Hanging Card

Setting up a die cut doorknob hanging card.

Scenario:

A client needs something to catch the attention of local shoppers and has made arrangements to distrubute door hangers to the residents of neighborhoods in a 1-mile radius their retail store. They would like an engaging, colorful full-bleed design printed onto card stock and die cut in an unusual shape.

You may choose any client and product you wish.

You will design a die cut card to hang on doorknobs. You will create the die line and color separations for the printers.

The exercise:

Watch the Lynda.com series from Claudia McCue, Print Production Essential: Embossing, Foil Stamping, and Die Cutting; the episodes on die cutting.

Design a card with your own image, shape, and text. Choose an shape that is simple and bold. To add interest, make it break out of the boundaries of a "normal" shape, such as a rectangle, oval, triangle, etc.

Make your design with a full bleed background.

Use two or three spot colors in your design. The die cut must have its own spot color and layer. This layer is labeled "die line" and is given a custom spot color named "die line". The separation for the die line color is sent to the die makers. The die line color should be the top layer, set to overprint stroke; making it a bright outlandish color will help the printers notice it is the dieline and turn it off when making plates.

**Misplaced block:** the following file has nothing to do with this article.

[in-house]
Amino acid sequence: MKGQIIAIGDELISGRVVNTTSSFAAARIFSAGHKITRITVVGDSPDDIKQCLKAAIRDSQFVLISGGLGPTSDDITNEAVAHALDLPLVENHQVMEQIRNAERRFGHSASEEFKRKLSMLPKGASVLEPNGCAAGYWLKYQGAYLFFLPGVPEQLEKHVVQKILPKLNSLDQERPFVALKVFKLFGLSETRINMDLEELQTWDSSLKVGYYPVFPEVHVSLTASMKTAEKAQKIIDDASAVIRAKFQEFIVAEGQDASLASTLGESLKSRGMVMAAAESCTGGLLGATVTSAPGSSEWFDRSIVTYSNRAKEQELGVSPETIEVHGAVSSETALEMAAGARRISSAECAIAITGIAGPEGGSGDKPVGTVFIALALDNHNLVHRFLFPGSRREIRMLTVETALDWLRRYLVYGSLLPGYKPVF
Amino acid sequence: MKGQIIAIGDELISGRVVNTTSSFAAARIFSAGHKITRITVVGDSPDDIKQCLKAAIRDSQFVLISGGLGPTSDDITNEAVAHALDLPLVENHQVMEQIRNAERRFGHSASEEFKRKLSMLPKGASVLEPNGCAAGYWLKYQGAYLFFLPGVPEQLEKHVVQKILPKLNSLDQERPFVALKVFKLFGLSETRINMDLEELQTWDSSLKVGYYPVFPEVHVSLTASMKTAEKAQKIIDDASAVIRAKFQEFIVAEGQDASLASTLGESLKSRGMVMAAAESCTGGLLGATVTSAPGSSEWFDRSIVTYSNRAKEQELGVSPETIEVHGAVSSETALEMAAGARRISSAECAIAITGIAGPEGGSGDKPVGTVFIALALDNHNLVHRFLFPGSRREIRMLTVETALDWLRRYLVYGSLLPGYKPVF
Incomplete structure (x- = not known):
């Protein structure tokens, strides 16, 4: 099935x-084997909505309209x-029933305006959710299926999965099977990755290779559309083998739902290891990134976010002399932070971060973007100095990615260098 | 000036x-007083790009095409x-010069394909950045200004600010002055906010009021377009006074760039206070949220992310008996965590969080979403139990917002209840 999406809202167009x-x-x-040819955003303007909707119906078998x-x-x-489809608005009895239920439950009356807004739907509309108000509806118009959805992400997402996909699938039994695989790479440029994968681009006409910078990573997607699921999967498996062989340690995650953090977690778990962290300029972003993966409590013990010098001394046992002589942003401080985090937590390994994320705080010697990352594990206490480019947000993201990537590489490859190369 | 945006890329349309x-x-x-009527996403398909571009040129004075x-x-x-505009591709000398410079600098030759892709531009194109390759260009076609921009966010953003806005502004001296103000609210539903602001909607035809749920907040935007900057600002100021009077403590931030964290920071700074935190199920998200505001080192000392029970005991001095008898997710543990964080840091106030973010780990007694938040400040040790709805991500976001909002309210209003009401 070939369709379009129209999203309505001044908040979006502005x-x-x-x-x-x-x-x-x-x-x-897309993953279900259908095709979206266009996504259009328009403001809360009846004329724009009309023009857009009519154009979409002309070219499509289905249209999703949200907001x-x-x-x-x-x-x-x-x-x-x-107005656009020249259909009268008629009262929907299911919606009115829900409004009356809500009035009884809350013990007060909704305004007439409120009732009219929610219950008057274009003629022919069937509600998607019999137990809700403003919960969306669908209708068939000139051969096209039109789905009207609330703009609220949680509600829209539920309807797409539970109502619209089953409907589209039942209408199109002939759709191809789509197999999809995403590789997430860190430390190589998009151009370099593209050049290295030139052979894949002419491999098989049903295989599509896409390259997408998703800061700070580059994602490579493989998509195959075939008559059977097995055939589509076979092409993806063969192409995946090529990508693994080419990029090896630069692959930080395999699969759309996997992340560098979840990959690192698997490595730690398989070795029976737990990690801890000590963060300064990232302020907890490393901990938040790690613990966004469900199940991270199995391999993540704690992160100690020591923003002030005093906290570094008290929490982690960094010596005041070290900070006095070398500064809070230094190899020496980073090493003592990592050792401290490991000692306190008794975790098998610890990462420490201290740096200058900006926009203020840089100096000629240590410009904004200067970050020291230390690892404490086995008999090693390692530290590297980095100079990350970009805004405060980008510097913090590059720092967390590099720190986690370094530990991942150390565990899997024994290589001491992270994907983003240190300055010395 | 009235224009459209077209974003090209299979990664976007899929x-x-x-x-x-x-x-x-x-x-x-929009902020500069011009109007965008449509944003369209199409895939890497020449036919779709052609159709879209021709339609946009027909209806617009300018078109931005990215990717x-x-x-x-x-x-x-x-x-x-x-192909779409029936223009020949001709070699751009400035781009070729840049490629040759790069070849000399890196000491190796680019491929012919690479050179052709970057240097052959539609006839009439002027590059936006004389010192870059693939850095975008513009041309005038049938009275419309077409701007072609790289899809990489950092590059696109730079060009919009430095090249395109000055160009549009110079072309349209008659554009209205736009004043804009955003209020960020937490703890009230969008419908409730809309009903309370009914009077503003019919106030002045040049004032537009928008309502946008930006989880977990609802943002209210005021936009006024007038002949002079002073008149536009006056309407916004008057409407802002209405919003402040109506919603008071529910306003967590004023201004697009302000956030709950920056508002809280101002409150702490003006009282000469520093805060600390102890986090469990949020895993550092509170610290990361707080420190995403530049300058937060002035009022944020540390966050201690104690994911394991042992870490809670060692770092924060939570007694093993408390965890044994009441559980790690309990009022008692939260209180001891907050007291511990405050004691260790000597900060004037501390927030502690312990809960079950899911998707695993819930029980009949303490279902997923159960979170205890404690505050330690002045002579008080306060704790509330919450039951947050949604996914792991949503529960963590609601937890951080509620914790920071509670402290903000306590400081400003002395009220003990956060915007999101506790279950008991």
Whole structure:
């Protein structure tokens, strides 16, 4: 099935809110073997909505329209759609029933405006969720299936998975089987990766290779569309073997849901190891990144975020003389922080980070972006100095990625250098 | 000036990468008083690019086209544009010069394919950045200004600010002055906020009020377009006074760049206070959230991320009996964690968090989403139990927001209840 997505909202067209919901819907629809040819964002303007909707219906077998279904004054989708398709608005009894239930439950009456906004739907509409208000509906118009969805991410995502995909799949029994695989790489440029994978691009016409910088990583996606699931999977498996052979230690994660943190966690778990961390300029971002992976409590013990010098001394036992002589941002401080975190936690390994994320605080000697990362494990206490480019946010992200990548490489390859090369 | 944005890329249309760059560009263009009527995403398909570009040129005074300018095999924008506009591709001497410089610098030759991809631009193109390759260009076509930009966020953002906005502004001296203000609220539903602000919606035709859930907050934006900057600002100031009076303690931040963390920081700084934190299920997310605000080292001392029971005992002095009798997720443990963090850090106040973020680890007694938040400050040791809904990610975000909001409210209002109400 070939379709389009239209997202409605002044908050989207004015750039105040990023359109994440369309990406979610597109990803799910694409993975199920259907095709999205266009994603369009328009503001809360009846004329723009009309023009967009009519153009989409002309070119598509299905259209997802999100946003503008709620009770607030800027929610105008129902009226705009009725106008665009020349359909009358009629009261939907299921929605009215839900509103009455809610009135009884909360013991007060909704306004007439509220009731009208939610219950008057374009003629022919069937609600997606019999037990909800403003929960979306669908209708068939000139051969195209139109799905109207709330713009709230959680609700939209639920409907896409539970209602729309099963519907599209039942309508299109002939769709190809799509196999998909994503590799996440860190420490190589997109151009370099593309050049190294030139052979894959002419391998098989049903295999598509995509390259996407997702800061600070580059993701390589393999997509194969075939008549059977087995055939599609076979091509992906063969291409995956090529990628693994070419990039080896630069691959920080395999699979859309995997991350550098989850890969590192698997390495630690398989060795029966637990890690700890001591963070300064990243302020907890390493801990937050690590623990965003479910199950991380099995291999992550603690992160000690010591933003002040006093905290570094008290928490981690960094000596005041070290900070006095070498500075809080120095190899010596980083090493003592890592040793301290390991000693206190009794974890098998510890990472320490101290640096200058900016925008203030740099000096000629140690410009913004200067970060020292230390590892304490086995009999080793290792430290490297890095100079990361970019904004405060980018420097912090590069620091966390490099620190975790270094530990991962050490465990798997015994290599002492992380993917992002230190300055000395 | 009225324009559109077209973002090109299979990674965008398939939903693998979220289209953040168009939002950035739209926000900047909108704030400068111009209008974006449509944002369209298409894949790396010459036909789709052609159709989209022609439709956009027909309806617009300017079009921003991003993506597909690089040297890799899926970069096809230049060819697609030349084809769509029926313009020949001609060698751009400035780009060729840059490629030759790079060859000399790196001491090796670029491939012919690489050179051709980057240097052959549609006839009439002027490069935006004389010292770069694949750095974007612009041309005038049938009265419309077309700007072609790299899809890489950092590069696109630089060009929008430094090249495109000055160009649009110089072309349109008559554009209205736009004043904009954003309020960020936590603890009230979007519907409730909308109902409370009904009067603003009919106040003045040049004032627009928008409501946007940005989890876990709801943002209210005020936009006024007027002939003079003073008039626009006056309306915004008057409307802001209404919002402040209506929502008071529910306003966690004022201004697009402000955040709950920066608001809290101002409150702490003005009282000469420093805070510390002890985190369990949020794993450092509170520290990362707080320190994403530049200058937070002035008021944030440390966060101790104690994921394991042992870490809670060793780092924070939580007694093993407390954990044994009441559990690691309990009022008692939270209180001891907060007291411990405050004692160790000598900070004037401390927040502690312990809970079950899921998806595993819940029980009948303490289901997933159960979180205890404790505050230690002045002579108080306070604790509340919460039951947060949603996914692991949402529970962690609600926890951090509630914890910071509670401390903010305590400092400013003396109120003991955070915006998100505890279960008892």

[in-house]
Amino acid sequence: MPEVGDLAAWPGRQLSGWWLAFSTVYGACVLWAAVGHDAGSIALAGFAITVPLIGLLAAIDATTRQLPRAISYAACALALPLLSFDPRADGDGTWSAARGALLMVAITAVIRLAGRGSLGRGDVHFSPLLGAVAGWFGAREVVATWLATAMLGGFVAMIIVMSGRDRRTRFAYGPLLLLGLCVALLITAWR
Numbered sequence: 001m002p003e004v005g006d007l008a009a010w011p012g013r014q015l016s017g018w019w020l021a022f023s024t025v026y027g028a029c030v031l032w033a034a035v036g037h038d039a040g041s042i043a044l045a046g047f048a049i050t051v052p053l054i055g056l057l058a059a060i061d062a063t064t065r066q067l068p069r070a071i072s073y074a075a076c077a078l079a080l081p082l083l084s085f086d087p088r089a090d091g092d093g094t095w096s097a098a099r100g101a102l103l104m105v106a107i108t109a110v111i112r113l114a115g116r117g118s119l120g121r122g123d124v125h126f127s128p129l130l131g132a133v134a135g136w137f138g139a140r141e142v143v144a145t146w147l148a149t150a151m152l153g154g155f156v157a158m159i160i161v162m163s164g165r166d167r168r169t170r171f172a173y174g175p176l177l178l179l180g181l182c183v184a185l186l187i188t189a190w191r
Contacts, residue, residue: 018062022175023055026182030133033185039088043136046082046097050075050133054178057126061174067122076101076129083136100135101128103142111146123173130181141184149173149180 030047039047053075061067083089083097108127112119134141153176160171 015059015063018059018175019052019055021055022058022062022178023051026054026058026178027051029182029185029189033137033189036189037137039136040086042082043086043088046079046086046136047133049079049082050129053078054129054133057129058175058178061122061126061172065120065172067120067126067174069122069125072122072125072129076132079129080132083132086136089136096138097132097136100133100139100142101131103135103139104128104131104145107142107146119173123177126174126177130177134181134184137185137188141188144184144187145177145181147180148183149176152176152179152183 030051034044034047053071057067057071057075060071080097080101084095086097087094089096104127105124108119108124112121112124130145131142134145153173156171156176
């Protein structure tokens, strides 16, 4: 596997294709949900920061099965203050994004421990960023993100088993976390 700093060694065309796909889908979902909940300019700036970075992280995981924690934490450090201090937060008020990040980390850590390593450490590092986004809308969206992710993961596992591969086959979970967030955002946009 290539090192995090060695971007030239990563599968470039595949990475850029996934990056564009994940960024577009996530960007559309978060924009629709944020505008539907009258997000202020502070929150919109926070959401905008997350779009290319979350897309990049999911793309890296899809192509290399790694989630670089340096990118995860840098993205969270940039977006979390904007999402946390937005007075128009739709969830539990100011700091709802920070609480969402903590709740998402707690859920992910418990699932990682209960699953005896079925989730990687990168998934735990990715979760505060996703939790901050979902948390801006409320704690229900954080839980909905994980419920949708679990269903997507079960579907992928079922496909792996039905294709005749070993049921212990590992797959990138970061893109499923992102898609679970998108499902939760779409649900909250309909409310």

As you create your die line for the die makers, remember they will have to cut it out of plywood and bend razor-sharp steel rules into the shape, so keep it simple.

Carefully build your color separations to minimize problems when the registration of the die cutting drifts. See the beveling example in the book.

(In the real world your die line would go to the die makers and when done they would stamp out a proof for you. You would tweak your artwork to fit the actual die impression before printing the job.)

To be safe, check this checklist.

Turn this in to the appropriate folder in AVA Classes>GRDSN142>Dropoff.